Old Mole Variety Hour
The Old Mole burrows down to the roots of the great issues of our time – the struggles of ordinary people for democratic and sustainable ways of life. The Mole goes where corporate media fear to tread, supporting grassroots challenges to top-down authority and giving voice to movements that shake the foundations of an unjust society. The Moles' perspective is democratic, broadly socialist, and feminist. (We count Karl Marx as a friend).
Our graphic lettering is by Charlie Ertola.
You can leave comments for the Moles at email@example.com or by clicking on the comment section for any of our audio pieces.
Frann Michel hosts this episode, with segments on police violence in Honduras, Ferguson, and Palestine, and on a local non-profit nourishing bodies and communities in Portland. Musical selections: Sound of da Police by KRS One; Call the Cops by Rob Hustle ft. Liv; Tired of Being Stepped On by the Click; and Revolution by Nina Simone.
Please become our friend on Facebook, and feel free to comment on our work or suggest topics for us to cover.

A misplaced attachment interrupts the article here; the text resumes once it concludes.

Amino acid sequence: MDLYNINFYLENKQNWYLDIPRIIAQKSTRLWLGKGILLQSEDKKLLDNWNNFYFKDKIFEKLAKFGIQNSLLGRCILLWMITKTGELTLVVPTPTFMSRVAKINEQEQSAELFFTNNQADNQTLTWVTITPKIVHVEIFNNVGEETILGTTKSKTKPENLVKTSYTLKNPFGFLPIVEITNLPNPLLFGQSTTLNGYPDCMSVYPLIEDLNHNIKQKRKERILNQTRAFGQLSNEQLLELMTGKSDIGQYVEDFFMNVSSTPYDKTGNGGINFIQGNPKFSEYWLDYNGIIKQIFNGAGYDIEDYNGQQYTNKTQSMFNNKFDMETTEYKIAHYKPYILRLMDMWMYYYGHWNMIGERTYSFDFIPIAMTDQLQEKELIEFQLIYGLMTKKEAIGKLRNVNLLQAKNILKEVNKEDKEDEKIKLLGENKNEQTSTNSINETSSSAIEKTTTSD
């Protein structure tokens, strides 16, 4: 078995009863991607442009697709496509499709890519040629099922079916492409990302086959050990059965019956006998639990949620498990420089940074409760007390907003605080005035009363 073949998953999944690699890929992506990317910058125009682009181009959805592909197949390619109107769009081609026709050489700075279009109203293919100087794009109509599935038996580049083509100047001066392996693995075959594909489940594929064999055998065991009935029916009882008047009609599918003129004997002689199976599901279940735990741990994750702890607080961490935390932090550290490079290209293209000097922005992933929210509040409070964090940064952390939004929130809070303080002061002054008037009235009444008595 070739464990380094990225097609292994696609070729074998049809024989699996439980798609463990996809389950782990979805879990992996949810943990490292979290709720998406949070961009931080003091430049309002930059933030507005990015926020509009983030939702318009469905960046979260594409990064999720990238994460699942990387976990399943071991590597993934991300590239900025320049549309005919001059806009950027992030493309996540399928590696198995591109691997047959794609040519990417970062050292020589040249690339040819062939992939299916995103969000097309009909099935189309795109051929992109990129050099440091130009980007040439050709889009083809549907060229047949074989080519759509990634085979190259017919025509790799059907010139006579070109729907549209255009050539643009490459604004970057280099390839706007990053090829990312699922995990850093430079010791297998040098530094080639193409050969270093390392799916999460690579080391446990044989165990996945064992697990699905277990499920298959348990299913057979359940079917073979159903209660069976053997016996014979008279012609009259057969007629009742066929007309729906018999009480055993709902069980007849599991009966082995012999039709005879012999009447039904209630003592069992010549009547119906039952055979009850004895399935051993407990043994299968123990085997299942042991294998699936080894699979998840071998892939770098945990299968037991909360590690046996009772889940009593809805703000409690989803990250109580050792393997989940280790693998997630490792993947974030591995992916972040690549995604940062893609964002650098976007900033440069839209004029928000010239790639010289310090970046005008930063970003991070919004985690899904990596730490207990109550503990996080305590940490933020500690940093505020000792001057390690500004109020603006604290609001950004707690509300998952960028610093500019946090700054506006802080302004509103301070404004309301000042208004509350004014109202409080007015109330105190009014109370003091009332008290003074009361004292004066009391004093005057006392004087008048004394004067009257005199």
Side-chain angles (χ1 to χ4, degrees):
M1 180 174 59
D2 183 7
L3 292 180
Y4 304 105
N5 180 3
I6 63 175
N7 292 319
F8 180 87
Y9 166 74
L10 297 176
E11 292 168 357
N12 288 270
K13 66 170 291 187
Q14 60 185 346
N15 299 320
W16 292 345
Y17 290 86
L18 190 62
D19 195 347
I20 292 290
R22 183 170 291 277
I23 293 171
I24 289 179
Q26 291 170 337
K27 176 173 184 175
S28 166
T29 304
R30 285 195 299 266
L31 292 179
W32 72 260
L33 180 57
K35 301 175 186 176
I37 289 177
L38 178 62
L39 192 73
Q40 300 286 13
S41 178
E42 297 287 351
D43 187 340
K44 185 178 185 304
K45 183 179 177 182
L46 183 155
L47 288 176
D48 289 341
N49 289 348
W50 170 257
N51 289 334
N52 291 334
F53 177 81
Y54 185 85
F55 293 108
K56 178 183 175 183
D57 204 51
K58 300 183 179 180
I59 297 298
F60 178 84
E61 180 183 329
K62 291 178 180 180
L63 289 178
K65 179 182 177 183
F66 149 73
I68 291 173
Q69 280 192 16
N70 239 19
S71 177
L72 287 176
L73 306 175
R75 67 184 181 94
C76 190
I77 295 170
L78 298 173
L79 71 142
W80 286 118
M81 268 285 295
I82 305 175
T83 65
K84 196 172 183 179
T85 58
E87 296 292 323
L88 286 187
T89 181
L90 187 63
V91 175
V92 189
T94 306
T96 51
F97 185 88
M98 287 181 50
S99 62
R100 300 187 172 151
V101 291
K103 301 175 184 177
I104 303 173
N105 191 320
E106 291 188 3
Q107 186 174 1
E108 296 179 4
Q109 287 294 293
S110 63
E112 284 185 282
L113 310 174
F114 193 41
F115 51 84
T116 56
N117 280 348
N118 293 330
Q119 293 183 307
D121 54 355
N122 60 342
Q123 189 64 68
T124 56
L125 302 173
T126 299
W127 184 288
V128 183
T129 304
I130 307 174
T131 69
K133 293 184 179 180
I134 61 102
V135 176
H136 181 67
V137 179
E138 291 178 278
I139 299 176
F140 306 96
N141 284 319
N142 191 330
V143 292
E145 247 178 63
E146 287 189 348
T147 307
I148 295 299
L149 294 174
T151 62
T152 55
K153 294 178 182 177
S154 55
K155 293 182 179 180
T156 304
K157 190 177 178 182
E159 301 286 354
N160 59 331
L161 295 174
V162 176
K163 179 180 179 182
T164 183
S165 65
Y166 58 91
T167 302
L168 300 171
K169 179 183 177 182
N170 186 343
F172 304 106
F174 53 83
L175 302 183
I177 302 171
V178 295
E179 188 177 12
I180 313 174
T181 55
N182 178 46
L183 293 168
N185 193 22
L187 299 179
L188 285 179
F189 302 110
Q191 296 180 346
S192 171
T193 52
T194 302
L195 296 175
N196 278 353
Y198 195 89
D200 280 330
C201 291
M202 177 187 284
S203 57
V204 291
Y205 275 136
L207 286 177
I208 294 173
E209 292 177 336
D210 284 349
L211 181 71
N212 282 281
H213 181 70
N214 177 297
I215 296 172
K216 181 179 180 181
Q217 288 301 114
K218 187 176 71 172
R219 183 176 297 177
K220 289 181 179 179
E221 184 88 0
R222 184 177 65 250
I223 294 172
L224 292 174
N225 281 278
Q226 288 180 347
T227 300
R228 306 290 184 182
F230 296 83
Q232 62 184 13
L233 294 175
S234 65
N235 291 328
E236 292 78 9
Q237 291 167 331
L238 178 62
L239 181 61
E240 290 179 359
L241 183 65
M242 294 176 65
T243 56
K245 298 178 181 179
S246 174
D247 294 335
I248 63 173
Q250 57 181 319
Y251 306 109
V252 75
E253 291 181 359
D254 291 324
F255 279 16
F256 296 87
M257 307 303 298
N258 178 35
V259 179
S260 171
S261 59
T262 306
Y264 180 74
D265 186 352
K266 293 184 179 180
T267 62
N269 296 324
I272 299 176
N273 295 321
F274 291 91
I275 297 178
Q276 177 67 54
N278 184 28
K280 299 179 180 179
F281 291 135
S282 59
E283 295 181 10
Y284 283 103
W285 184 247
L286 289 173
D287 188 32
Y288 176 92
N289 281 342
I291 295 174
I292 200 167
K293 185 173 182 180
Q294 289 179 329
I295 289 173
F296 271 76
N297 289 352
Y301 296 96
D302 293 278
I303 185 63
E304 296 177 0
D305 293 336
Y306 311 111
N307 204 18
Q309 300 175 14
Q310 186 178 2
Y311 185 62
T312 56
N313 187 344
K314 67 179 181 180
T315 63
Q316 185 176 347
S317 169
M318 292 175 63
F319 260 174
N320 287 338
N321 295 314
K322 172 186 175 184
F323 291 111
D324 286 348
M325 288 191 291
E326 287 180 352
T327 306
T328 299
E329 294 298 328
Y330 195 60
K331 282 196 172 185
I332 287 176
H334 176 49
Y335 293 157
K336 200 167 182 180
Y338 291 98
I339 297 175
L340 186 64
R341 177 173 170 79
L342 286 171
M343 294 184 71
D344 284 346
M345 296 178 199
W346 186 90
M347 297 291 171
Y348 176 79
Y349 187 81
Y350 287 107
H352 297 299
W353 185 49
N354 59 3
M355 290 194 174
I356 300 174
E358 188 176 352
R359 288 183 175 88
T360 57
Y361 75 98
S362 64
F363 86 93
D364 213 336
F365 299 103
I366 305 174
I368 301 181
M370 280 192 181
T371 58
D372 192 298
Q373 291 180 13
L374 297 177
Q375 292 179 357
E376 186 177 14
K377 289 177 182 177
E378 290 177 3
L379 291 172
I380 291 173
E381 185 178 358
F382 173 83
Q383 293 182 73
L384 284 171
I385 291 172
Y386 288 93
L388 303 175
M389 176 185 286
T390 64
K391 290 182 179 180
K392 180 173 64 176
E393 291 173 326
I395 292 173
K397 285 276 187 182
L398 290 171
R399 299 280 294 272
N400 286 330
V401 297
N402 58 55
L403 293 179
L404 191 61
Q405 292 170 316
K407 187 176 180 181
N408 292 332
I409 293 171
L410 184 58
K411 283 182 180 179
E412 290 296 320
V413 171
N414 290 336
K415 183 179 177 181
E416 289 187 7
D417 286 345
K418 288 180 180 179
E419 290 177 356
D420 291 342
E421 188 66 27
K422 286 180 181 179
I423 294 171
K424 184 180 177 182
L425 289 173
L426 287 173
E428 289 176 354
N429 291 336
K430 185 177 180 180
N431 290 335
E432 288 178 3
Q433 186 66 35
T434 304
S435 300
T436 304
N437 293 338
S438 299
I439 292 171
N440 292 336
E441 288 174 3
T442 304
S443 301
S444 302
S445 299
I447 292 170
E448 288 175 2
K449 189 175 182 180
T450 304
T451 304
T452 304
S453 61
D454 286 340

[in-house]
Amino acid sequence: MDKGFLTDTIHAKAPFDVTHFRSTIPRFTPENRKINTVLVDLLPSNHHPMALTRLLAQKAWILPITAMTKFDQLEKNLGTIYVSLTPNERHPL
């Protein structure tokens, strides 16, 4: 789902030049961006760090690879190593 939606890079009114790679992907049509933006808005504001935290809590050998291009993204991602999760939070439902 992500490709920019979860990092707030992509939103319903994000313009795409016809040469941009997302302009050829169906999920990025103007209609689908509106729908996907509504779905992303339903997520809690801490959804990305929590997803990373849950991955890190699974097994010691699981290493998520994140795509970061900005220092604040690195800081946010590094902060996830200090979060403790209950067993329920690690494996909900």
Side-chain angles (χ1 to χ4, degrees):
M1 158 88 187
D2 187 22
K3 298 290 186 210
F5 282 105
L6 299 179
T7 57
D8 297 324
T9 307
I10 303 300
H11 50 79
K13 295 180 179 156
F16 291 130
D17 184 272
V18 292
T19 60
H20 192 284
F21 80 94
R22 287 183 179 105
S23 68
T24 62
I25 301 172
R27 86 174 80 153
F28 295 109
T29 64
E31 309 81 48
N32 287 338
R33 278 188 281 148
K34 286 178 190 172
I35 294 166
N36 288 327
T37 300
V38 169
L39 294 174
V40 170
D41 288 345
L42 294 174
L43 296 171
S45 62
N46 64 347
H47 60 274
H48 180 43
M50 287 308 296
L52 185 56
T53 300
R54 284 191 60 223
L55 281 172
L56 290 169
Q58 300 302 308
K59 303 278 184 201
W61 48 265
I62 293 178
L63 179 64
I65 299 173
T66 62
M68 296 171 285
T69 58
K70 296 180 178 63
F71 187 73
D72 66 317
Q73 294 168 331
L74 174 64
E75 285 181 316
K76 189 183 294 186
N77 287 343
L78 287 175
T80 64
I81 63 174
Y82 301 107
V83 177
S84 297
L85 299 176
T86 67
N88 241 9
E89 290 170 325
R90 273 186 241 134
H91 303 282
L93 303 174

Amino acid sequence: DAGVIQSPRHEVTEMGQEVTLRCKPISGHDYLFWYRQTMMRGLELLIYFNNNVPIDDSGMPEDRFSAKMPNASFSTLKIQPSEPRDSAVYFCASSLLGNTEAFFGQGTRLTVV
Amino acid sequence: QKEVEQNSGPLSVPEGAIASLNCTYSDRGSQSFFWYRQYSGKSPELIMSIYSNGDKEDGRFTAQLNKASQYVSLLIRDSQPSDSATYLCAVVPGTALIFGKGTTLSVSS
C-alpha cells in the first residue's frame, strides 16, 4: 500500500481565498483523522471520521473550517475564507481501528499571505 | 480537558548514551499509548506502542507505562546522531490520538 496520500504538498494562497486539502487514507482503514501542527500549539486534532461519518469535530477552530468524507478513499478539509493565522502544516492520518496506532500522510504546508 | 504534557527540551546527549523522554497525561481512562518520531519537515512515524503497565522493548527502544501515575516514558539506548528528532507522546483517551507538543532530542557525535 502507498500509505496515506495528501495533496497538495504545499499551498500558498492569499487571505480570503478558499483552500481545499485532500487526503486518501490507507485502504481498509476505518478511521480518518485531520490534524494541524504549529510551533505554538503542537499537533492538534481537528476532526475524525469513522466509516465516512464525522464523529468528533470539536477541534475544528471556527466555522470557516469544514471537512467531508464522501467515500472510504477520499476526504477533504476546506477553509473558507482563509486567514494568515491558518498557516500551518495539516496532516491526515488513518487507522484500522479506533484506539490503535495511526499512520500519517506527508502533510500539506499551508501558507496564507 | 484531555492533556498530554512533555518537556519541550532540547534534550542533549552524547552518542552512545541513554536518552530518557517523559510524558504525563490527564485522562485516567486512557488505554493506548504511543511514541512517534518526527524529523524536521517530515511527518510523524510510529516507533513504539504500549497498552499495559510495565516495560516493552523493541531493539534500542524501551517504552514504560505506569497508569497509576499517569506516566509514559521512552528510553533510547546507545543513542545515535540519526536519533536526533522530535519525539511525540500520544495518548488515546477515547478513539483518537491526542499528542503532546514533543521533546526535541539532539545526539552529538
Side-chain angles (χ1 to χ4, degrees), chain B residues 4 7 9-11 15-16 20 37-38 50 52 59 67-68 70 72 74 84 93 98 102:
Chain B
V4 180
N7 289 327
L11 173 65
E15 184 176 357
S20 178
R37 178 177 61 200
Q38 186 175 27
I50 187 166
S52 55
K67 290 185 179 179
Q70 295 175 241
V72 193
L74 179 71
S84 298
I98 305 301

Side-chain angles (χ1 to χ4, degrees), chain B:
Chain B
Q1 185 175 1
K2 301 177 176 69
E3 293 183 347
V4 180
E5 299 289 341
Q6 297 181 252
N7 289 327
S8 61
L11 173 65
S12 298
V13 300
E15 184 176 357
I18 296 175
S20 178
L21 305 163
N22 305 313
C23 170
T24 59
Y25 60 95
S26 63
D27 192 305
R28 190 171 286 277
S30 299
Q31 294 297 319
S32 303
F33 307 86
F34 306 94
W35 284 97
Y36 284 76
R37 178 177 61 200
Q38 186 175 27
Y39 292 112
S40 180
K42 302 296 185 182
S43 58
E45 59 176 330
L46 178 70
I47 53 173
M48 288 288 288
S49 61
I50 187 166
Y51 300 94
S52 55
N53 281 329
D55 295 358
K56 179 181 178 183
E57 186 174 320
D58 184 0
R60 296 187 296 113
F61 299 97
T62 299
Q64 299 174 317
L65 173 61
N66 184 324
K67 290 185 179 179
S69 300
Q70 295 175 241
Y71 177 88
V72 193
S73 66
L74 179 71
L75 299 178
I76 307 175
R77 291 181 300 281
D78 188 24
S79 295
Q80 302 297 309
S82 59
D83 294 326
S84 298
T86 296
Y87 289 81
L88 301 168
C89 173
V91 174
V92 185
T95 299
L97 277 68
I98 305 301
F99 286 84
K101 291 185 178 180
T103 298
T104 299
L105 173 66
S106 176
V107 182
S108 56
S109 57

To hear the whole show (including the music), use the play button below. To hear individual pieces, follow these links:
Bill Resnick talks with Dana Frank about Honduras
Frann Michel shares left commentary on the militarizing of policing
Joe Clement and Jan Haaken review the Palestinian film Omar
Jan talks with Kris Soebroto and Robert Adams about Sisters of the Road Cafe
- Title: aug182014omvh.m4a
- Length: 57:31 minutes (26.33 MB)
- Format: MP3 Mono 44kHz 64Kbps (CBR)
Bill Resnick talks about Honduras with historian Dana Frank, who teaches at UC Santa Cruz, and has published a number of books on labor history, Latin America, and economic nationalism, as well as many articles in journals including the Nation, Foreign Affairs, and Politico .
They discuss how the results of the latest US-backed coup in Honduras is driving children to emigrate northwards, and they consider the problems of corruption, the interconnections of the government and drug organizations, and the violence of military and police when they are not held responsible for their acts. Frank notes that children are not similarly fleeing from Nicaragua, where the Sandinista legacy means that state power is held more responsible to community needs. Similarly, the new government in El Salvador offers hope. But the purported immigration crisis in the US is being used to justify further funding for the Honduran military and police.